Kurt Vile is not in a rush. After achieving moderate success with The War on Drugs, he has been slowly and methodically perfecting his solo career. With each release he has fine-tuned his lo-fi, laid back style. If he has an end destination in mind, he will get there in his own good time.
That is exactly how Wakin on a Pretty Daze, his fifth solo album, feels. Each track takes exactly the time it needs to explore all of its ideas, which is often a pretty long time. Looking at the CD cover, you might be surprised to see the opening song, Wakin on a Pretty Day clocks in at nine minutes, but dismiss it as an experiment. Then your eyes slide down to the third track – 7 minutes – the seventh one – 8 minutes – and the final one – a whopping 10 minutes. This isn’t a man who’s in a hurry to do anything.
Fortunately, the tunes justify the extended play times. To borrow a cliché, it’s all about the journey rather than the destination. Kurt and his band ‘The Violators’ pick a simple chord sequence and experiment with it for all it’s worth, producing almost painfully sweet indie rock.
Eight minute plus songs generally fit into two categories – the Stairway to Heaven clones that change instruments and tempo every few minutes, and those that stretch a three minute song to breaking point. Kurt’s songs manage to fall in the sweet middle ground, keeping the same simple chords sounding complex and fresh throughout. Whenever it threatens to get boring, Vile’s weary voice kicks in with a pearl of stoner wisdom or a member of The Violators discovers a new riff to keep you humming along for hours. On Too Hard, he sings “Take your time they say, and that’s probably the best way to be.” Kurt seems to have taken this to heart; the two longest songs, Wakin on Pretty Day and Goldtone are actually the highlights of the album.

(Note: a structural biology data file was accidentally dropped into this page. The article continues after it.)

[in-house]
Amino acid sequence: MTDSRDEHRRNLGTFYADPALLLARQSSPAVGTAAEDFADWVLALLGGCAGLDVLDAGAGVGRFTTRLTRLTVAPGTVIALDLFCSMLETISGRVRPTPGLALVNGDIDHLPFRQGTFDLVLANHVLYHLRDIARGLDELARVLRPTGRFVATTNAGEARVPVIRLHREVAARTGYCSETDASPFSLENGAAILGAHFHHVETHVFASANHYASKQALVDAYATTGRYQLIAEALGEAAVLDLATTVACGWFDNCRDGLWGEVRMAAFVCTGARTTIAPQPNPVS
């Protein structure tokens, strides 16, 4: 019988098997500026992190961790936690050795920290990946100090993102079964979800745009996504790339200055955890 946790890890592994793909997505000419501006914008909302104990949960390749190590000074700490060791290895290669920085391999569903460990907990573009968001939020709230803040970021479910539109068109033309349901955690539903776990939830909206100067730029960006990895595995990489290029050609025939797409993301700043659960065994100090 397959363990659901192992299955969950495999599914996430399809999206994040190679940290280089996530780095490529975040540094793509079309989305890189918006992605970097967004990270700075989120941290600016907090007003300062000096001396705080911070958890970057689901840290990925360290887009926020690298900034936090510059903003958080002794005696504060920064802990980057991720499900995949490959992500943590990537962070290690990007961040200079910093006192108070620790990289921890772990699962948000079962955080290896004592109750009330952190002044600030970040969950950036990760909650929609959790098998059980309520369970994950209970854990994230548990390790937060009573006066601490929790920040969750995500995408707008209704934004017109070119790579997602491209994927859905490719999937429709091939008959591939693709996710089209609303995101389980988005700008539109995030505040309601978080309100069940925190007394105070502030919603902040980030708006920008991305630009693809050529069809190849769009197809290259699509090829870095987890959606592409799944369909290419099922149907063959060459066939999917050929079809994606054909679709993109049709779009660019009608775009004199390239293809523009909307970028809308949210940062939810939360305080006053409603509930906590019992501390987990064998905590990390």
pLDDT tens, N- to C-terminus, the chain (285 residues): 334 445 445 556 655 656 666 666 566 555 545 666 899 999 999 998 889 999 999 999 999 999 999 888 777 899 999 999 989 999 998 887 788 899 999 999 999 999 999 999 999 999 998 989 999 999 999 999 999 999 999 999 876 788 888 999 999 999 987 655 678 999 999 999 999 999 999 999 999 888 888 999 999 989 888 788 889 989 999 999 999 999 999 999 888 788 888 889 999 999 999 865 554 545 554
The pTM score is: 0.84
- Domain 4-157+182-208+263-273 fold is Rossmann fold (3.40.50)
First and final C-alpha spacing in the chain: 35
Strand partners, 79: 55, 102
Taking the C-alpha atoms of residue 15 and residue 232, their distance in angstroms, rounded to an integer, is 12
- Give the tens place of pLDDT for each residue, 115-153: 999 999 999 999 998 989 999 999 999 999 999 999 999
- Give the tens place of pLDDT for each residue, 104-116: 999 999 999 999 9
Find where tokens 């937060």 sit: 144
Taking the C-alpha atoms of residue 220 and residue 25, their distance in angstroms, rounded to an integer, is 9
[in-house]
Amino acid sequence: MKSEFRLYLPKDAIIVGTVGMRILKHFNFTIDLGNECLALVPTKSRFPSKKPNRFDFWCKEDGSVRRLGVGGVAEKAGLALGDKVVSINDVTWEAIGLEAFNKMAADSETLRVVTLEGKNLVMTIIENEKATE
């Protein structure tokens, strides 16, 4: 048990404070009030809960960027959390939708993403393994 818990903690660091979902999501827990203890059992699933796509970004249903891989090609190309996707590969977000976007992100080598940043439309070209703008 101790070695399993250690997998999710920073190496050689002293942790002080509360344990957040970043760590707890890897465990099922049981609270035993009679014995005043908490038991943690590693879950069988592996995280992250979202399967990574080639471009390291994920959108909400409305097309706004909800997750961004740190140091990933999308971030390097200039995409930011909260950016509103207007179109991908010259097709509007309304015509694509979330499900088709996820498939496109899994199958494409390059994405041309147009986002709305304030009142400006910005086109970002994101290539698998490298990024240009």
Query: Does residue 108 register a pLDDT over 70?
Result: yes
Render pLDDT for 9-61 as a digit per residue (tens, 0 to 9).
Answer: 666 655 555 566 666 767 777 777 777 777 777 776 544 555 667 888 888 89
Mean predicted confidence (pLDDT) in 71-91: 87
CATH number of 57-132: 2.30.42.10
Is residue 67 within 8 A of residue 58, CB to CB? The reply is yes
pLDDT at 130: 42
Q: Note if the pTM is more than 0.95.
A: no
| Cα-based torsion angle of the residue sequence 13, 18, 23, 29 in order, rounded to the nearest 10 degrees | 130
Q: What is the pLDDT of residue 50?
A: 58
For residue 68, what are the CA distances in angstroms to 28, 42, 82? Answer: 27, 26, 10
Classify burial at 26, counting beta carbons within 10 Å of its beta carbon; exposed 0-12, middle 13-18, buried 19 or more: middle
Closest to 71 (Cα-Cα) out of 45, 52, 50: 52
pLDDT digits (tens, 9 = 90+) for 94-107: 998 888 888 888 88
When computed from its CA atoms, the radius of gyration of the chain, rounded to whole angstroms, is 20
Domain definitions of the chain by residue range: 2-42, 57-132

The most important gift a musician can have is the ability to evoke a setting, or a mood, or even just a feeling with a few chords, and Kurt has it in buckets. While listening to Wakin on a Pretty Day, you feel as though you’re accompanying him on his morning walk, past the Philadelphia graffiti monument to him from the album cover, and automatically populate it with people from your own life. When the final mournful chimes have faded away, you feel as though you’ve had a long day out. The lo-fi, unvarnished sounds help, tricking your mind into thinking you are in Kurt’s living room.
If trying to pick a weakness on this album you could perhaps point out the lyrics, which are often obscure and lacking in meaning, but who gives a fuck. They fit the music’s atmosphere of nonchalance perfectly, as though Kurt deliberately isn’t trying hard.
If you can’t stand the long play times, Wakin of a Pretty Daze isn’t for you. There’s no shame in that, but if you have the patience and more importantly the [will], Kurt take you on an epic voyage through his everyday life. This is one of those few lengthy albums that couldn’t have done with a little trimming.